The report alleging an infant being infected with Group-B Strep bacteria from placenta capsules is completely inaccurate. In reading through the details (summarized below), you’ll see that it’s impossible that the placenta capsules were the source of infection. This is not a study, but rather a media article. One story is never a scientific study. As is often the case in anything birth-related, the headline is misleading.
Women who test positive for GBS bacteria are generally unaffected; it’s a common bacteria. The concern is that baby will become infected and may become ill. Women who test GBS positive are offered antibiotics during labour to prevent the baby from being infected as they pass through the birth canal.
Summary of the baby who was the subject of the article: The infant was already ill and infected with GBS during birth, and was treated in the NICU. Then baby was sent home after treatment and became ill again with same infection. Mother’s milk was tested and the results were negative for GBS, meaning there was no infection in her milk. The milk she was feeding her baby was negative for GBS! The placenta capsules were later tested and determined to be positive. The mother, not the baby, ingested the capsules.
The only way the capsules could have led to this infection, would be if the mother fed them to her baby, and I’ve never heard of that! Since GBS lives in our intestines and genital tract, the mother didn’t breath it on her baby – it’s near impossible that the mother directly infected her baby. (Detailed article about GBS.) It’s more likely the baby’s infection was not cured the first time around, and being the USA, the hospital was looking for a scapegoat to avoid litigation. It’s the only explanation I can think of.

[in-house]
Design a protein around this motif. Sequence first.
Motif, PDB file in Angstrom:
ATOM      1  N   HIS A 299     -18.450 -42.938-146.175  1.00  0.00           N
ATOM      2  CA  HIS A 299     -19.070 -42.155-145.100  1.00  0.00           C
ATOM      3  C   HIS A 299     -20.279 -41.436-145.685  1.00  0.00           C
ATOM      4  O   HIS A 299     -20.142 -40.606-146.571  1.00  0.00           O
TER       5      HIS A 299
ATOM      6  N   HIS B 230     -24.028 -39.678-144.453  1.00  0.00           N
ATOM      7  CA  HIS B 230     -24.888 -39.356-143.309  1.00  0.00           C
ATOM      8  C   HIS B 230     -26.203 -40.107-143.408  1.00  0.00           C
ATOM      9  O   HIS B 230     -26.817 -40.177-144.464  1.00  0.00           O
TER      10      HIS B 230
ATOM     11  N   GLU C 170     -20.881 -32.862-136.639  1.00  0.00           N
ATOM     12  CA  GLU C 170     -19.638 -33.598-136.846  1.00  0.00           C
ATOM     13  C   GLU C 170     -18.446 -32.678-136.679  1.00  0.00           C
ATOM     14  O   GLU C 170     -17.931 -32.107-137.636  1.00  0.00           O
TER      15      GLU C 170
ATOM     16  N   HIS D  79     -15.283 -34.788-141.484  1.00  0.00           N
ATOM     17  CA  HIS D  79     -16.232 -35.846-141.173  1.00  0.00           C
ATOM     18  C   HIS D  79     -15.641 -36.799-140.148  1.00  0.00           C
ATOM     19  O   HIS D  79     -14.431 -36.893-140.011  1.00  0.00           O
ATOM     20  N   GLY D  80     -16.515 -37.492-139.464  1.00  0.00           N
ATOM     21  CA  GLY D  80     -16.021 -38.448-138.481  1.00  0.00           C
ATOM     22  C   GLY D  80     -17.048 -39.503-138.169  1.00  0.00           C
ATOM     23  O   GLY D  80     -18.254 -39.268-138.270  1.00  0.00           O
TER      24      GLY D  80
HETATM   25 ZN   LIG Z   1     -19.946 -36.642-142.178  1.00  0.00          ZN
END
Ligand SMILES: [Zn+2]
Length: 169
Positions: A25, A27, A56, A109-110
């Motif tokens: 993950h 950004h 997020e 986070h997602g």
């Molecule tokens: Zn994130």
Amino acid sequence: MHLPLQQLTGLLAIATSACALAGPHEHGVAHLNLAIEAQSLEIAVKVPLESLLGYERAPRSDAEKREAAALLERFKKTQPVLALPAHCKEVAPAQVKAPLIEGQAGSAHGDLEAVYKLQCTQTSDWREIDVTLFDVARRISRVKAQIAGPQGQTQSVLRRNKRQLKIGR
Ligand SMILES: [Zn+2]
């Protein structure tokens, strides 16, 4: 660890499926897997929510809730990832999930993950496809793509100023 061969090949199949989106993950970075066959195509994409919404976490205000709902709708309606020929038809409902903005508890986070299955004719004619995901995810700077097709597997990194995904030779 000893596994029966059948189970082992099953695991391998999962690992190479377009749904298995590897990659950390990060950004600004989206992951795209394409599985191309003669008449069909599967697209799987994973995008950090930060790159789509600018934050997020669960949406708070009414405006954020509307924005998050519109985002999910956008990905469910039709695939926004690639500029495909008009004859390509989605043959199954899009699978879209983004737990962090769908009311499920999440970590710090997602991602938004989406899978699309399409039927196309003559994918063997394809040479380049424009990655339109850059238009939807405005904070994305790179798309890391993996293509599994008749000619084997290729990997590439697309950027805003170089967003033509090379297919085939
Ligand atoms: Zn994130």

If you or a loved one was hospitalized for a systemic major infection, get sent home, then relapsed quickly, what would be your logical conclusion? Personally, I would suspect the original infection was not cured. (This actually happens a fair bit and is the reason we’re told to always take the entire bottle of antibiotics – we can appear well but still have lingering infections.)
How on earth did someone make the leap to blame the caps for infecting this baby? In any other situation it would be assumed that the initial infection was not cleared up properly. No one would go looking through the family cupboards to see what the rest of the family ingested. It’s interesting that the thing from which Big Pharm can’t profit is the thing blamed in this case. Here’s another great, factual response.
Certainly it’s worth paying attention to this information. although we know the capsules were not the source of infection, it does beg the question, why were the capsules GBS positive? Two possibilities are that the placenta was not dried at adequate temperatures, or that they weren’t left to dry long enough. Dehydrated meat, including placenta, is considered safe to consume if completely dried at 155 – 165 F, as this kills virtually all bacteria*. Another possibility is cross-contamination.
We just tested our meat dehydrators when this article came out, and they are accurate according to the dial-setting, meaning we use temperatures of 160F, well above the safety threshold. Your placenta is always completely dried so we can make a fine powder. Between steps and between clients, we double-sanitize and then sterilize our surfaces and equipment and always wear proper equipment, including gloves and mask. Check out our Placenta Capsules FAQs to learn more about our strict safety protocols, including OSHA certification.
* These temperatures are actually “overkill”. The U.S. Department of Agriculture (USDA), the entity responsible for the Food Safety and Inspection Service (FSIS) reports that at 122°F, no bacteria that are pathogenic (cause illness) to humans will survive.